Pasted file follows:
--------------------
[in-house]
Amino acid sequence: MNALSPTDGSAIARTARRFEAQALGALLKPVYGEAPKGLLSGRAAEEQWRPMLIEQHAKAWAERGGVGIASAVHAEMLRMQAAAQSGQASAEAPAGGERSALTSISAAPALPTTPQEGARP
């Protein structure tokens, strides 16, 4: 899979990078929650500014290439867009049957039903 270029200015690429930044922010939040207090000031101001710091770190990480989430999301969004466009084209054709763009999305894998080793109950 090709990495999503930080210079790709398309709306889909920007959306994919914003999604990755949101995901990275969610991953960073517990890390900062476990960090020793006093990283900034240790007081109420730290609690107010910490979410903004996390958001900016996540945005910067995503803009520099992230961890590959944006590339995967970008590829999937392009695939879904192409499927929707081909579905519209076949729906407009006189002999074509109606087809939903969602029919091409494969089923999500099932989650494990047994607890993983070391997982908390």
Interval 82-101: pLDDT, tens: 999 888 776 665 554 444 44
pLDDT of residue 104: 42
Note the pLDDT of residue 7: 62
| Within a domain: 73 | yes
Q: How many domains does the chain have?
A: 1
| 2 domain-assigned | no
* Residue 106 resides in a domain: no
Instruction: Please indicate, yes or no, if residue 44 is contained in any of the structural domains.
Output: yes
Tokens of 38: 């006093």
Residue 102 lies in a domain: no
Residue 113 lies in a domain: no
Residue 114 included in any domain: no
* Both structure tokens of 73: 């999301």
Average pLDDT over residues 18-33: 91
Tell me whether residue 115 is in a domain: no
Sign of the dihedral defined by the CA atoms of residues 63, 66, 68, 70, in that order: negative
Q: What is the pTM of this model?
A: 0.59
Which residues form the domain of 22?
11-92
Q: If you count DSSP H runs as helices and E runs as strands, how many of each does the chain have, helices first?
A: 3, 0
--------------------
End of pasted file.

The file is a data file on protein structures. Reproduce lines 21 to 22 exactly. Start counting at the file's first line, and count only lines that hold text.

Sign of the dihedral defined by the CA atoms of residues 63, 66, 68, 70, in that order: negative
Q: What is the pTM of this model?